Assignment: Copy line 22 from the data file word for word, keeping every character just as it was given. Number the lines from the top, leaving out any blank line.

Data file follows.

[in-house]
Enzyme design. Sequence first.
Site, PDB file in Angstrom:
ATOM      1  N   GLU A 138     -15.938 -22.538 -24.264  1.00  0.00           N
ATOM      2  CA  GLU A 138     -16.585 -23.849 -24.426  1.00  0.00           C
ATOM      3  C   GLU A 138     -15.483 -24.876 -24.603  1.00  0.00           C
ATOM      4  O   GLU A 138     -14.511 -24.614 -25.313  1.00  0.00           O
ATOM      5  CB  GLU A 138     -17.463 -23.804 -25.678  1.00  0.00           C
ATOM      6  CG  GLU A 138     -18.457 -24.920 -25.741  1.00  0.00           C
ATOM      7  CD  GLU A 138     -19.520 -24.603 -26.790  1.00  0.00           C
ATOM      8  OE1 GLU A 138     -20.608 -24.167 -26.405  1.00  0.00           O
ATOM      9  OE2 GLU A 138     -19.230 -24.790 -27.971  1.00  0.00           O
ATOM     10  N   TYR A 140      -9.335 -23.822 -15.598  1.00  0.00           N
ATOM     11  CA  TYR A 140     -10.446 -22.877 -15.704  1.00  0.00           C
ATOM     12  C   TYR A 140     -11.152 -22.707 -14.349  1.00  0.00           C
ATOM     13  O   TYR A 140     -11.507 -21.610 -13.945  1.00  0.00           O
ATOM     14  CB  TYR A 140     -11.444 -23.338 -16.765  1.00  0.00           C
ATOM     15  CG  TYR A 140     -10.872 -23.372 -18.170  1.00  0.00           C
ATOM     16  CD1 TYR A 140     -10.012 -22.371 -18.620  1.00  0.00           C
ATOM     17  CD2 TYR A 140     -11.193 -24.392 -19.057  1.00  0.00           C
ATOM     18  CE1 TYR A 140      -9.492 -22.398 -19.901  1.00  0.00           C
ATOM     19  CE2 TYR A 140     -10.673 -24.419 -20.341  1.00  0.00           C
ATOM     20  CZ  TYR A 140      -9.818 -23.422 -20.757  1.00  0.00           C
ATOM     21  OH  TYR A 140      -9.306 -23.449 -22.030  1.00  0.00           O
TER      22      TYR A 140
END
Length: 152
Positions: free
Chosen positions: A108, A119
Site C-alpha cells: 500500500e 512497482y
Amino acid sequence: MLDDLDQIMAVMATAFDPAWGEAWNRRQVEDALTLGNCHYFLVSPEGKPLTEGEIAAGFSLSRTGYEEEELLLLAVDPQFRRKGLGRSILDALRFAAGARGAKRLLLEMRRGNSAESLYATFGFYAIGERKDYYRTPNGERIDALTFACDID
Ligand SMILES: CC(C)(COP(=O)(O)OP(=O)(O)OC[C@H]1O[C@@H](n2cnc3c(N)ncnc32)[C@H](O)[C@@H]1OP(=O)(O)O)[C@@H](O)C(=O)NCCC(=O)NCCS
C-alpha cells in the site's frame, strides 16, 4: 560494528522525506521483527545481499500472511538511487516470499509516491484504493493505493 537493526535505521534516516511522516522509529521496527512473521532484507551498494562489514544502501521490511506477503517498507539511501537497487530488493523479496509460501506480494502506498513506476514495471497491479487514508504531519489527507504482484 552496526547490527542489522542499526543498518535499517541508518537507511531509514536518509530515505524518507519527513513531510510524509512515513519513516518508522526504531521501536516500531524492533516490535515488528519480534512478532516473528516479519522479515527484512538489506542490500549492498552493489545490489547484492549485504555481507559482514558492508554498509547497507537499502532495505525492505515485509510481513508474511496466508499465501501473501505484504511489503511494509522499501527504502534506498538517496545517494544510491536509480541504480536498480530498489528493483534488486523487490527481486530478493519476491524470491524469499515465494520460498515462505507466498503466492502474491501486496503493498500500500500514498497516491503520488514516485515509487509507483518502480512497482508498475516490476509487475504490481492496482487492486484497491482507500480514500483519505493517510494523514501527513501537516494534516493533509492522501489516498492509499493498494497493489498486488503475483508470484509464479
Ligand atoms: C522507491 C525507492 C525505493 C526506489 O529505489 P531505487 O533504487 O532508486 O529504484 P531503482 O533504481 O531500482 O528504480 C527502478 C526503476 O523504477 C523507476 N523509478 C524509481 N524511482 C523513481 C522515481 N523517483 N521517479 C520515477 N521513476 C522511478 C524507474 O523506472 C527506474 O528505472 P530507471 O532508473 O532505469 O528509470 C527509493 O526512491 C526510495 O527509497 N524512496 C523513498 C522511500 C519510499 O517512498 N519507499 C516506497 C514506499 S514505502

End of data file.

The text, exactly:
ATOM     19  CE2 TYR A 140     -10.673 -24.419 -20.341  1.00  0.00           C